Some people may be using the additional money to pay down holiday credit card bills or higher gas prices, analysts said. And harsh weather may have deterred some people from shopping in January.
Personal finance experts say the real test of the tax cuts impact will come this spring, when the Easter holiday sales begin.
Still, consumers increased spending by only 0.2 percent in January, the smallest gain since June, the Commerce Department said Monday. At the same time, their incomes rose 1 percent - the biggest jump in nearly two years and a reflection of the tax cut.
The increased income is part of an additional $110 billion that economists say workers will receive this year from the cut in their Social Security taxes. Most families will see about $1,000 to $2,000 in extra income. Households with two high-income earners could receive up to $4,000 more.
In December, when President Barack Obama signed the tax cut as part of a broader tax package, economists predicted Americans would spend about two-thirds of the extra money and save the remaining one-third. Higher-income taxpayers were expected to save a little more; lower-income households would spend a bit more.
Economists said the extra spending would help boost growth and could lead businesses to hire more. Still, all that was before tensions in the Middle East sent oil prices spiking. And a surge in global commodity prices is now expected to push U.S. food prices up slightly this year, too.
Many analysts say such inflation could siphon off most of the benefit of the tax cut. Several scaled back expectations for growth Monday after seeing January's disappointing report.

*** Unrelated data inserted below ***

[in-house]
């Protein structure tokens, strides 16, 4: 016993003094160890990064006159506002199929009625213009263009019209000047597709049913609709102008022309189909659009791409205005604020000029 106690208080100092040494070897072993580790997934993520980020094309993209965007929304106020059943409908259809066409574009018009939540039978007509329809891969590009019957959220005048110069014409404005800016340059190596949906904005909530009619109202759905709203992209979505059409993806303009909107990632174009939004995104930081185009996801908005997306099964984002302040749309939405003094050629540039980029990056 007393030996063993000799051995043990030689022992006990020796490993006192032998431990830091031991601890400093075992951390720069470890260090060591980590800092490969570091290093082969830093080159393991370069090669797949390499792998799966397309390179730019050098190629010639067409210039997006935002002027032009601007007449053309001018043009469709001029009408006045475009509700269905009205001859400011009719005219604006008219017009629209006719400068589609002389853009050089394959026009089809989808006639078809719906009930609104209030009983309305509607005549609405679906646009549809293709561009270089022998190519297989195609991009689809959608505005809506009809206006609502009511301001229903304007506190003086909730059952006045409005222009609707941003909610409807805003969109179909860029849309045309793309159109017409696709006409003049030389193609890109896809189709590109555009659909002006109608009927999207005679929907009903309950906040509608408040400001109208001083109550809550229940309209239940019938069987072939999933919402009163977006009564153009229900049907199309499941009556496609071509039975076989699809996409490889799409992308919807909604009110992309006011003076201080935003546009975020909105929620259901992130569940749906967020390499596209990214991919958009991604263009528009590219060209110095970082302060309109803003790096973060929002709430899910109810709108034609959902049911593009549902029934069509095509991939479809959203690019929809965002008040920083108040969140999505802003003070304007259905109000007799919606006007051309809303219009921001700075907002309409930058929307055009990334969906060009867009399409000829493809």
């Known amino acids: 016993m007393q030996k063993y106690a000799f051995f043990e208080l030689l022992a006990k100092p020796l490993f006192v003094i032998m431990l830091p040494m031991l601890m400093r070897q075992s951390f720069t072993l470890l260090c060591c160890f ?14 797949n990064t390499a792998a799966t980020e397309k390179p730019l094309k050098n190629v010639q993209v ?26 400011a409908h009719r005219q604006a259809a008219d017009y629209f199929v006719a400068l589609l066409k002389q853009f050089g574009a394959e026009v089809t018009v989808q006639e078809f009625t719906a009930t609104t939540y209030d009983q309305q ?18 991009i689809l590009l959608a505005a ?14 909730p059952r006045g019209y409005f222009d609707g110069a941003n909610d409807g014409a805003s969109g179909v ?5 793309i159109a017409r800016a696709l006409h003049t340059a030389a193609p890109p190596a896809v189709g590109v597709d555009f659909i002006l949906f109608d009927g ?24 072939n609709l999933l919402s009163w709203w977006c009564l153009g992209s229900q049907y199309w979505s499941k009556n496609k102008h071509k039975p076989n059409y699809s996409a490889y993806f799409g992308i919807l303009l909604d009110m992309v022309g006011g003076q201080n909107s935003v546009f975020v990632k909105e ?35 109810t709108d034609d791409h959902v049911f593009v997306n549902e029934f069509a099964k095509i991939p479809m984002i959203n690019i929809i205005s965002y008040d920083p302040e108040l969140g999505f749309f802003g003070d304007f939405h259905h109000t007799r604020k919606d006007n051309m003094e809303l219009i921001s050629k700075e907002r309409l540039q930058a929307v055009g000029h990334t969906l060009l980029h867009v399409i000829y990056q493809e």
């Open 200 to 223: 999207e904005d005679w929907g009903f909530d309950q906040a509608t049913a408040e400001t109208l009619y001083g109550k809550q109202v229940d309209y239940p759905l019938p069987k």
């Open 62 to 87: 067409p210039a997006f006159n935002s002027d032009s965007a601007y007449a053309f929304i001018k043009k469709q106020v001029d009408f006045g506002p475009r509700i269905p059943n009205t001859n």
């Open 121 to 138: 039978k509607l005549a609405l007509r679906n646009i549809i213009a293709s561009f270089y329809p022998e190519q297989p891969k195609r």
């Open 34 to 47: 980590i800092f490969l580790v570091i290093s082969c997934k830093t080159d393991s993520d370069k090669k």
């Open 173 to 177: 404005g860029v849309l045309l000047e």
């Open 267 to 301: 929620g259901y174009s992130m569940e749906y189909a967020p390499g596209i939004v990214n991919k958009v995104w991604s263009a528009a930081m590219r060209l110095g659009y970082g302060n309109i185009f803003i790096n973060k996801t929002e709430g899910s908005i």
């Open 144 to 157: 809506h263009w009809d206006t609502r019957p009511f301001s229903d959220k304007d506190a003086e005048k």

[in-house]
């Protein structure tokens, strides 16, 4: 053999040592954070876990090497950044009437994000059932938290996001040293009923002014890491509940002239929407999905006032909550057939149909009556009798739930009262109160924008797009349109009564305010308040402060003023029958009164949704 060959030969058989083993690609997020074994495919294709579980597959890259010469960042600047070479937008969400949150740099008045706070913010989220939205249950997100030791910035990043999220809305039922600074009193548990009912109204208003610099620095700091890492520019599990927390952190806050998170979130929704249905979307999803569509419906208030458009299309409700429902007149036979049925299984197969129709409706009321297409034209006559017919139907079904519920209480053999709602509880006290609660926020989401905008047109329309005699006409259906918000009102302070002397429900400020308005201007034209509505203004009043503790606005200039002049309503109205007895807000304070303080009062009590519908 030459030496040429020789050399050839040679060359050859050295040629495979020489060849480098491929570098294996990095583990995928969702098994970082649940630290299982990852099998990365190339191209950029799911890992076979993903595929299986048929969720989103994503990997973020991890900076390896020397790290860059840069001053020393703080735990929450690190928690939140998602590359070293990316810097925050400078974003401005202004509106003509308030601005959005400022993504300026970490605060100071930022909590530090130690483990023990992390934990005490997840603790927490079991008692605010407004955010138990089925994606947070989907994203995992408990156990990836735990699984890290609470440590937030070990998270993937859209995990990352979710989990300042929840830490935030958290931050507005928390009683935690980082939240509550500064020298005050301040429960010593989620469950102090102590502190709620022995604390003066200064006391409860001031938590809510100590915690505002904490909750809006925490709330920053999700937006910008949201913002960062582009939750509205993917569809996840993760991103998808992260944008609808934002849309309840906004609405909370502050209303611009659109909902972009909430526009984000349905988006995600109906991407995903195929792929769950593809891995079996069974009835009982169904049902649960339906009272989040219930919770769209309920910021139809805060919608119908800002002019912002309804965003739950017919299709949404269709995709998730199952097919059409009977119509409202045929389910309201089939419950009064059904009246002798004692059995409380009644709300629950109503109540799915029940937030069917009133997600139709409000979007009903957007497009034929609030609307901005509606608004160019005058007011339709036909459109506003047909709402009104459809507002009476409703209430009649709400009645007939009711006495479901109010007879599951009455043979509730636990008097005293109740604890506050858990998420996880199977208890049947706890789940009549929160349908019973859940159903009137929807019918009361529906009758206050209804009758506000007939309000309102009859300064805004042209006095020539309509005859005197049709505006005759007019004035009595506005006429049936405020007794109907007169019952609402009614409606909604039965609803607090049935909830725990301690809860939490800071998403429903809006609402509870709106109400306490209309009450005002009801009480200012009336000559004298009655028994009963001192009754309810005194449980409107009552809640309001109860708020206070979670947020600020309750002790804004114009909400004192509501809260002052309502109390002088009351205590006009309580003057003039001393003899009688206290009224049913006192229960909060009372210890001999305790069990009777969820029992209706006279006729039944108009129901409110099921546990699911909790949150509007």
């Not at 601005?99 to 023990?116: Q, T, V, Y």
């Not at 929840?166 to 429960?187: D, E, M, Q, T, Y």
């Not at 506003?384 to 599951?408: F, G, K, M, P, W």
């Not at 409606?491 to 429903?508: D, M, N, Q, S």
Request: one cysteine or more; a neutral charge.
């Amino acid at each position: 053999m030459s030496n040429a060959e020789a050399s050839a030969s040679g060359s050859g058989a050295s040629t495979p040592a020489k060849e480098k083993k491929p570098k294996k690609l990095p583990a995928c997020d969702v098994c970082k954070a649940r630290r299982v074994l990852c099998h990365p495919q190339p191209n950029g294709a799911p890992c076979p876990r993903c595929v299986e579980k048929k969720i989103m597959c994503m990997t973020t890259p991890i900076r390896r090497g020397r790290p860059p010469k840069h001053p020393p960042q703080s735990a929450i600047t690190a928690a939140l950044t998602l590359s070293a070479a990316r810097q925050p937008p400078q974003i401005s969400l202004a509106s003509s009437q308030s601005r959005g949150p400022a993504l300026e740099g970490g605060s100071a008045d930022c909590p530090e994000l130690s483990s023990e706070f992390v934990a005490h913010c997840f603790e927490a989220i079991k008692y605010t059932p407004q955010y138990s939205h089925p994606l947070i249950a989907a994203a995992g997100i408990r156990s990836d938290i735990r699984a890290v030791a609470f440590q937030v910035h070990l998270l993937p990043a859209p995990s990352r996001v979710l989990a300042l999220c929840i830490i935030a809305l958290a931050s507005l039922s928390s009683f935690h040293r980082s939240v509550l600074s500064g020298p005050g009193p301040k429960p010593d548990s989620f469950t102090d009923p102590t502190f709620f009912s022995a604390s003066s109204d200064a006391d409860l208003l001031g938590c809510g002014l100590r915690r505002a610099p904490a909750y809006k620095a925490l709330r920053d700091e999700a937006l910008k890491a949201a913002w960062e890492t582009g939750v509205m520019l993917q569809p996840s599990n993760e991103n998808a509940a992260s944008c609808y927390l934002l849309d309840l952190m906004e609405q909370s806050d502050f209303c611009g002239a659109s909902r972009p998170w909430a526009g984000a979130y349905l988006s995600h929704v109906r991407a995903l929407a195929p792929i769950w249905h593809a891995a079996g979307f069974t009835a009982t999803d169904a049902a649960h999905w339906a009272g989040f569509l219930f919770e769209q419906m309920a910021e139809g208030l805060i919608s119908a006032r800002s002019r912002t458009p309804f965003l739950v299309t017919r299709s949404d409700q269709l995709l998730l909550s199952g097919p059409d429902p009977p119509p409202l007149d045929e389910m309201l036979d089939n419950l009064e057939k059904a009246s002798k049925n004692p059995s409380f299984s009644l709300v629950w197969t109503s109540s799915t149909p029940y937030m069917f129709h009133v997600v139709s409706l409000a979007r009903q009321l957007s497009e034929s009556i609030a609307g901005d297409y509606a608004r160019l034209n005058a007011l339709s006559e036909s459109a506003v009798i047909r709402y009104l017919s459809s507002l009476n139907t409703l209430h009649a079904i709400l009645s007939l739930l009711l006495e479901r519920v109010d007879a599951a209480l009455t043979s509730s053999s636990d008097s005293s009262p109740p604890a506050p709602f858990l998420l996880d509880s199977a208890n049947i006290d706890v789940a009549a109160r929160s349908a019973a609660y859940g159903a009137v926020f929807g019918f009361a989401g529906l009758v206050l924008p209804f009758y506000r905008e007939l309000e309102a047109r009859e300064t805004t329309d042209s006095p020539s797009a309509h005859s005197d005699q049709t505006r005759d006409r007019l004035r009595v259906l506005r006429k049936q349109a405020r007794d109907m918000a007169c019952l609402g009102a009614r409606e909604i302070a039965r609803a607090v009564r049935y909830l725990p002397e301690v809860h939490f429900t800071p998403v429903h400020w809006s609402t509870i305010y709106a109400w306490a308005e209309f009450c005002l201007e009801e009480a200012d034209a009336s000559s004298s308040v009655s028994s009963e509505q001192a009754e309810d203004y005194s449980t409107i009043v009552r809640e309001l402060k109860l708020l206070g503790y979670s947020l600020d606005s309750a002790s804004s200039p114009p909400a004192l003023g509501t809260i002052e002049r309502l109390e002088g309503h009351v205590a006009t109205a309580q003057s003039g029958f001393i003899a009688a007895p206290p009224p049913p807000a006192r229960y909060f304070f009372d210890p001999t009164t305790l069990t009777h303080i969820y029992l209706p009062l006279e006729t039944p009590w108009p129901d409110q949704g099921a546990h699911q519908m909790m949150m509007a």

"It doesn't look like the economy is going to get any strong net boost from the Social Security tax cut," said Paul Dales, senior economist at Capital Economics. "It will just go to pay higher prices on food and energy."
Consumer spending was growing at the fastest pace in four years in the final three months of 2010, helping to support the overall economy. The weak showing in January raised questions about how strong consumer spending, which accounts for 70 percent of economic activity, will be this year.
The modest 0.2 percent rise in spending was even weaker when inflation was taken into account. After adjusting for price changes - particularly a steep rise in energy costs - spending actually dipped 0.1 percent in January. That was the poorest showing since September 2009.
One factor that the report doesn't take into account is how much was spent on reducing debt. Households may have boosted their spending in December - after hearing about the pending tax cut - and spent the extra money in January to pay credit card bills.